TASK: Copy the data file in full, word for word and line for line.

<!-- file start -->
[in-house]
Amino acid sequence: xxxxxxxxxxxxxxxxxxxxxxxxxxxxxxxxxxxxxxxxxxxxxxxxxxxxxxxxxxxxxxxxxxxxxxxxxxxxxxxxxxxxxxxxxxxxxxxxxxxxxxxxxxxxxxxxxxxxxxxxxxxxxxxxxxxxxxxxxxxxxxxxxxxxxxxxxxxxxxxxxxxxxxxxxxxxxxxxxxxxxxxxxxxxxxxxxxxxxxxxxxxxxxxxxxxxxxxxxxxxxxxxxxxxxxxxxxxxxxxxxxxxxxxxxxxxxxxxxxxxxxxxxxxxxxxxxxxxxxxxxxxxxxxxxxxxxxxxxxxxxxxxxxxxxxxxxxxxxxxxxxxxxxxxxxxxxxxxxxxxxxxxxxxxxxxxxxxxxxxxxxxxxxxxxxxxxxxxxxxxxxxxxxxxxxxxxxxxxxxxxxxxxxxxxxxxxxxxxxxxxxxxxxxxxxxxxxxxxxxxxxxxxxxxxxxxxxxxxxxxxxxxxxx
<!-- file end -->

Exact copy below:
[in-house]
Amino acid sequence: xxxxxxxxxxxxxxxxxxxxxxxxxxxxxxxxxxxxxxxxxxxxxxxxxxxxxxxxxxxxxxxxxxxxxxxxxxxxxxxxxxxxxxxxxxxxxxxxxxxxxxxxxxxxxxxxxxxxxxxxxxxxxxxxxxxxxxxxxxxxxxxxxxxxxxxxxxxxxxxxxxxxxxxxxxxxxxxxxxxxxxxxxxxxxxxxxxxxxxxxxxxxxxxxxxxxxxxxxxxxxxxxxxxxxxxxxxxxxxxxxxxxxxxxxxxxxxxxxxxxxxxxxxxxxxxxxxxxxxxxxxxxxxxxxxxxxxxxxxxxxxxxxxxxxxxxxxxxxxxxxxxxxxxxxxxxxxxxxxxxxxxxxxxxxxxxxxxxxxxxxxxxxxxxxxxxxxxxxxxxxxxxxxxxxxxxxxxxxxxxxxxxxxxxxxxxxxxxxxxxxxxxxxxxxxxxxxxxxxxxxxxxxxxxxxxxxxxxxxxxxxxxxxx